Bioluminescent imaging in bone tissue engineering


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Liu, Jun (2009) Bioluminescent imaging in bone tissue engineering. thesis.

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Abstract:This thesis contains two parts. The first part is to study the effect of a signalling pathway of protein kinase C (PKC) on human mesenchymal stem cells (hMSCs) commitment to osteogenesis (chapter 1-2). We observed different PKC isozymes working differently for osteogenic differentiation. Amongst the PKC isozymes, PKCδ inhibition diminished the osteogenesis of hMSCs, while inhibiting conventional PKC and PKCµ enhanced the alkaline phosphatase (ALP) activity and mineralization. Thus the positive role of PKCδ and negative role of conventional PKC and PKCµ are suggested in order to benefit bone TE.
The second part is to apply optical imaging techniques to investigate the cellular nutrient level and cell fate both in vitro and in vivo (chapter 3-5). The current hurdles in 3-dimensional cultures is to efficiently provide nutrients to cells whose survival and distribution rely on nutrient including oxygen availability. In chapter 3 I have evaluated bioluminescent imaging (BLI) in investigating the cell response to surrounding oxygen levels in 3D constructs both in vitro and in vivo. A gene fragment of hypoxia responsive element (HRE) was used as a promoter driving luciferase gene in cells. The protein luciferase activity can be quantified by an enzymatic assay or a CCCD camera. With this reporter construct, limited oxygen availability was recognized in 3D constructs both in vitro culture and in vivo subcutaneous nude mouse model. Moreover, the molecular diffusion in biomaterials (e.g. hydrogels) was studied in chapter 4 using both BLI of promoter-luciferase cells and fluorescence recovery after photobleaching (FRAP) of fluorescent molecules.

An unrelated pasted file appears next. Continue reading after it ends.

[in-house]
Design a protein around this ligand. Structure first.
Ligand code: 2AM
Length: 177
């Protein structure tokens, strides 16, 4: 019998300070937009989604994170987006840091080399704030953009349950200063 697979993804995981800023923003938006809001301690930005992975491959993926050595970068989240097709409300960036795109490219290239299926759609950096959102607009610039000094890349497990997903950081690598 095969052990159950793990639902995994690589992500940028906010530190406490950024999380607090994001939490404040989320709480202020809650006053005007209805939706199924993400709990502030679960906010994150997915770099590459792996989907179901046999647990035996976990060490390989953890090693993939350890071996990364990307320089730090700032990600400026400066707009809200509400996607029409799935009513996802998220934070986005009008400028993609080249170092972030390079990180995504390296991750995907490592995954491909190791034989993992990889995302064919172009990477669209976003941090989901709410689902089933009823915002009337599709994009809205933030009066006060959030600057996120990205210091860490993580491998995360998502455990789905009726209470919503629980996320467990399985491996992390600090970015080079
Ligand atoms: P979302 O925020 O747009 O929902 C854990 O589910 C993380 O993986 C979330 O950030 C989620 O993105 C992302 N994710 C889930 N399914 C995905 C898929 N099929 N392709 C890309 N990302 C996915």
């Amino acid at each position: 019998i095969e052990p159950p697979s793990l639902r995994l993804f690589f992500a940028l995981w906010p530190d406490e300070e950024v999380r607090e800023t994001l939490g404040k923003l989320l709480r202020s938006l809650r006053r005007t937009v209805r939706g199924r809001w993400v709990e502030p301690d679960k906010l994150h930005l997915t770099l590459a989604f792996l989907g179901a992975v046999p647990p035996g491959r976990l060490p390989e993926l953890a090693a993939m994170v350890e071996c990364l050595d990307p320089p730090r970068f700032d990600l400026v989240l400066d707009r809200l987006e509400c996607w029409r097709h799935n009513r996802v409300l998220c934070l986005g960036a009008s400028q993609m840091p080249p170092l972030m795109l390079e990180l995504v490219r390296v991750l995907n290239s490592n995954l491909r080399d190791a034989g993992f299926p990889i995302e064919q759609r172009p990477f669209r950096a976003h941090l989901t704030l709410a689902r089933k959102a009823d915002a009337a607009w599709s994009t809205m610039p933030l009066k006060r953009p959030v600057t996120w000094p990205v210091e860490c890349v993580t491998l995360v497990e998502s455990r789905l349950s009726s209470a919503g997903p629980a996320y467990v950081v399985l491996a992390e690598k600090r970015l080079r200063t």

Furthermore, BLI technique was used to study in vivo animal models, in which luciferase gene was under control of promoters for bone specific markers. With bone specific collagen I as the promoter, the Col(I)-Luc mouse line expressed strong light in osseous tissues. We observed strong light emission during bone remodelling and ectopic bone formation.
Finally, chapter 6 summarizes and discusses the results in this thesis and raises ideas for the future work. Again in conclusion, I have successfully demonstrated the application in bioluminescent imaging in bone TE from both cell and animal levels.
Item Type:Thesis
Faculty:
Science and Technology (TNW)
Research Group:
Link to this item:http://purl.utwente.nl/publications/68219
Official URL:http://dx.doi.org/10.3990/1.9789036529082
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